Time running out for North Carolina Senate to concur with House-passed pro-life measure

By Dave Andrusko

North Carolina Gov. Pat McCrory

North Carolina Gov. Pat McCrory

An Action Alert sent out by North Carolina Right to Life is urging pro-lifers to immediately contact Republican state Senators to vote for the House-passed SB 353.

Two weeks ago, the House Judiciary Committee voted to roll all the pro-life provisions of HB 695 (passed by the State Senate) into SB 353. There were some modifications in the new bill to accommodate the concerns raised by Governor Pat McCrory and his Department of Health and Human Services (DHHS). The full House then voted in favor 74-41 and sent the bill to the Senate. “The bill is in the Committee on Rules and Operation of the Senate,” North Carolina Right to Life said. “The bill still has to go to the Senate floor for concurrence.”

SB 353 because, like HB 695, contains multiple pro-life provisions that would save the lives of unborn children from abortion by banning sex selection abortions, opting out of abortion coverage in the federal health exchanges and in city and county employee health plans, and would require physicians to be physically present when administering abortion-inducing chemicals thereby preventing abortions being performed via web-cams.

As North Carolina Right to Life explained, the bill would

· Prohibit sex selection abortions which 76% of North Carolinians support. Six states have banned sex selection abortions

· Opt out of abortion in the federal insurance “exchange” (established by ObamaCare) and the city and county employee health plan except for the life of the mother and in cases of rape and incest.

· Require abortionists to be physically present when the woman receives first of the two drugs that make up the RU486 chemical abortion technique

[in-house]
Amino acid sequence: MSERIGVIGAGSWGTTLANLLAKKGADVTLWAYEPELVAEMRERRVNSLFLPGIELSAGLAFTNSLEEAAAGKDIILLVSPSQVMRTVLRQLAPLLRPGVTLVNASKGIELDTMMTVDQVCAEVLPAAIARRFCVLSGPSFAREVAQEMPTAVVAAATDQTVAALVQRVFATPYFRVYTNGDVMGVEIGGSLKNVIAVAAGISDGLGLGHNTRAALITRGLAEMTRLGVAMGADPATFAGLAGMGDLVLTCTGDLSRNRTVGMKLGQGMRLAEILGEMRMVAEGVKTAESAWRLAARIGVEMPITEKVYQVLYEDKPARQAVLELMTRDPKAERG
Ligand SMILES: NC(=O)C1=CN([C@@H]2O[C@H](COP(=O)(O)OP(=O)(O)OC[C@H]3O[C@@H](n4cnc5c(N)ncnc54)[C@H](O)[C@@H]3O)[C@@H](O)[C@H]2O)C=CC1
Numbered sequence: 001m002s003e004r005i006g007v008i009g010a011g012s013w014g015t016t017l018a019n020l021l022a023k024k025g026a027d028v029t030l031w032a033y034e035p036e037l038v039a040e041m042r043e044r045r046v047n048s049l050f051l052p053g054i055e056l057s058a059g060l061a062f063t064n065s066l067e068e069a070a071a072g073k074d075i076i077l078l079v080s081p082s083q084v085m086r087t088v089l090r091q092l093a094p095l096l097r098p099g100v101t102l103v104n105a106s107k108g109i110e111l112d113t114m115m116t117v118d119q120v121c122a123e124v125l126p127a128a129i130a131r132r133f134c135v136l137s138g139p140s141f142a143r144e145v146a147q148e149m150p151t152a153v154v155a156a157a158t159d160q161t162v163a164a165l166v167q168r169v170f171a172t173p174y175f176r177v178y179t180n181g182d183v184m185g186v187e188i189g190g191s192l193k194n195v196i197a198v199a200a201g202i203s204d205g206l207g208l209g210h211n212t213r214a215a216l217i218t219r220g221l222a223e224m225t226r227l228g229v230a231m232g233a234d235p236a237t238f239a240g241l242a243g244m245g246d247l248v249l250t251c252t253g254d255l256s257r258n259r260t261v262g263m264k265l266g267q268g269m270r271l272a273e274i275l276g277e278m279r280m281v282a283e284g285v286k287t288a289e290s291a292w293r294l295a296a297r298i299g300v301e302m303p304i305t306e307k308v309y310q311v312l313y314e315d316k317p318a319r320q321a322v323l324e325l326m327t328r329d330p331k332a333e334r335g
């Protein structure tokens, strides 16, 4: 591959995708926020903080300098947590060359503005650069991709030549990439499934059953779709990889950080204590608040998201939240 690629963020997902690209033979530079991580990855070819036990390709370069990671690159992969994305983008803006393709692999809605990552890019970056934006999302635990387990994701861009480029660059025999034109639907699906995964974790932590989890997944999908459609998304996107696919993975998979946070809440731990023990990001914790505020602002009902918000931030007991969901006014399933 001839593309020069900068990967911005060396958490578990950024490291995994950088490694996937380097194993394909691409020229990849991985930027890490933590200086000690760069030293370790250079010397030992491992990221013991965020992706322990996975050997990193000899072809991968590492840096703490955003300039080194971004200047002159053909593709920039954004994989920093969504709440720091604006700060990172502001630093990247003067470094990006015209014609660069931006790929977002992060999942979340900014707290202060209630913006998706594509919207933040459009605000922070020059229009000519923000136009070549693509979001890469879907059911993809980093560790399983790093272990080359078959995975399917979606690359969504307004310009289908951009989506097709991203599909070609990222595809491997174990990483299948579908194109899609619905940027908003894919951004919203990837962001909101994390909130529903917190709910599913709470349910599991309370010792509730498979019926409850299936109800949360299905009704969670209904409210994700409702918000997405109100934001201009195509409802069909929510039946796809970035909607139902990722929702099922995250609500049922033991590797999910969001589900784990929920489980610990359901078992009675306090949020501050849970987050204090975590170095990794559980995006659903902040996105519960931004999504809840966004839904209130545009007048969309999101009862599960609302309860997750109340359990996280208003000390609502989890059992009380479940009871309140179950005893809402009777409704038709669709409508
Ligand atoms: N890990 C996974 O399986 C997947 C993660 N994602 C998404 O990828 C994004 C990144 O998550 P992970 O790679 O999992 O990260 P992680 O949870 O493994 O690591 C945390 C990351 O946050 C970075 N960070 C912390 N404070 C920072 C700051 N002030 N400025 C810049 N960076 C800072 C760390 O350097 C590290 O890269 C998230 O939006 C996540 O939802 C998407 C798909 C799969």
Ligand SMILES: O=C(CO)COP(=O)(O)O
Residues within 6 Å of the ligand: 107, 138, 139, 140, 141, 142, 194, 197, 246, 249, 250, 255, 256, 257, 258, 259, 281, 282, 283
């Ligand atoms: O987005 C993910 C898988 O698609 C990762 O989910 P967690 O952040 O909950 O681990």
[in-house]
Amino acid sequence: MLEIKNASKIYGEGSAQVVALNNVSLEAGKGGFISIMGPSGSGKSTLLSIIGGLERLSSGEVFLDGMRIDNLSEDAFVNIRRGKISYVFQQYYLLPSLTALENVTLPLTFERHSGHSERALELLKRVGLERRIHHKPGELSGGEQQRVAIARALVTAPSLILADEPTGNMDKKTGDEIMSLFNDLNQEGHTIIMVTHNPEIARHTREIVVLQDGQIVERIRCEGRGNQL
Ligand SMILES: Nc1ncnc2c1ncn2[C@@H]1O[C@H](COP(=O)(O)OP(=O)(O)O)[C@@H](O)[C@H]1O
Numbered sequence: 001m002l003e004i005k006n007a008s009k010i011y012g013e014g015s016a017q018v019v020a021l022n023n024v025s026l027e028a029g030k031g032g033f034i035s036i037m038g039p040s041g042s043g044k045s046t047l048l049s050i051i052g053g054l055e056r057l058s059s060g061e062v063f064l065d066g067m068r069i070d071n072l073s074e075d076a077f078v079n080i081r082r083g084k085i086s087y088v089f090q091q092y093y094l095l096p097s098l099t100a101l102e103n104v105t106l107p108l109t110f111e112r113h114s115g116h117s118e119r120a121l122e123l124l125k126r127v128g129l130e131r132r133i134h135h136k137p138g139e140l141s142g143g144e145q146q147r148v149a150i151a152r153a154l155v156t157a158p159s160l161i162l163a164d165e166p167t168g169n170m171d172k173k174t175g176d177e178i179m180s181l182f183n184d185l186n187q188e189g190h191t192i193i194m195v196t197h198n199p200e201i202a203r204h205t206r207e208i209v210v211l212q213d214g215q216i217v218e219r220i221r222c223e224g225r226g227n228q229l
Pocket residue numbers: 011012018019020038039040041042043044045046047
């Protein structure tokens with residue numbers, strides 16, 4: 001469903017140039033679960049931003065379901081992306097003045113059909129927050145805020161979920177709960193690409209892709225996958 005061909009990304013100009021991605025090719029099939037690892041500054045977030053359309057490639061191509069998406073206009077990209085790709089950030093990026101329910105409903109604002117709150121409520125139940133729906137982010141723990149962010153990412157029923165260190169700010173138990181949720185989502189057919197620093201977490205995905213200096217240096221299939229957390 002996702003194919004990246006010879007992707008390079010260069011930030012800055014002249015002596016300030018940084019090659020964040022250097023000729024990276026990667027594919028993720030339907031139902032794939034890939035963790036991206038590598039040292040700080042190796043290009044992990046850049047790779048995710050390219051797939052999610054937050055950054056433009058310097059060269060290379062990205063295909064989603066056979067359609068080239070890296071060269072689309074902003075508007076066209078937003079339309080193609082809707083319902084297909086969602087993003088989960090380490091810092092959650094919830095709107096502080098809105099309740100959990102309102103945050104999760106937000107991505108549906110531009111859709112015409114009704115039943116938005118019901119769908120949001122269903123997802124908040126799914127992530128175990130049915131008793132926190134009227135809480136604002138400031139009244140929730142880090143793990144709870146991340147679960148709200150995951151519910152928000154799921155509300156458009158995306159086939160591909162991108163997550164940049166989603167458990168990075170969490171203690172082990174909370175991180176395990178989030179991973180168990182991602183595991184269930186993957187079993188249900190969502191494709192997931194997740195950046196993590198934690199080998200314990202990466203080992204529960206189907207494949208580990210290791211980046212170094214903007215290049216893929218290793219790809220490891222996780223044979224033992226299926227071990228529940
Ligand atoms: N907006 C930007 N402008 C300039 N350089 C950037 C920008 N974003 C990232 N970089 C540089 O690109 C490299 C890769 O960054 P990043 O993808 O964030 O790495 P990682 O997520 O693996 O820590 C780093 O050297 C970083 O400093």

· Require information to be available to mothers who get a poor pre-natal diagnosis, and

· Make requirements that abortion clinics must meet requirements similar to but not identical to those required of ambulatory surgical centers.

As NRL News reported earlier, pro-abortionists, of course, complained about this latter provision. But the need for change was and is obvious since there have been serious problems with abortion clinics in the state.

When the measure was in the House, “Republican women speaking for the measure said orders by state health officials to close clinics in Durham and Charlotte show the need for different standards,” USA Today reported. “They said other clinics in recent years have had dirty, unsterilized equipment, dried blood on medical lamps and improperly used medicine.

“’We’ve looked at the documented complaints,’ said Rep. Sarah Stevens, R-Surry. ‘Don’t tell me this isn’t about health and safety. That is exactly what it’s about.’” (See “State health officials vow to closely monitor Charlotte abortion clinic which recently had its license suspended for the second time”)

The magnitude of what is at stake was explained in the opening sentences of North Carolina Right to Life’s Action Alert: “TIME IS RUNNING OUT! If the Senate does not concur, more babies will die.”

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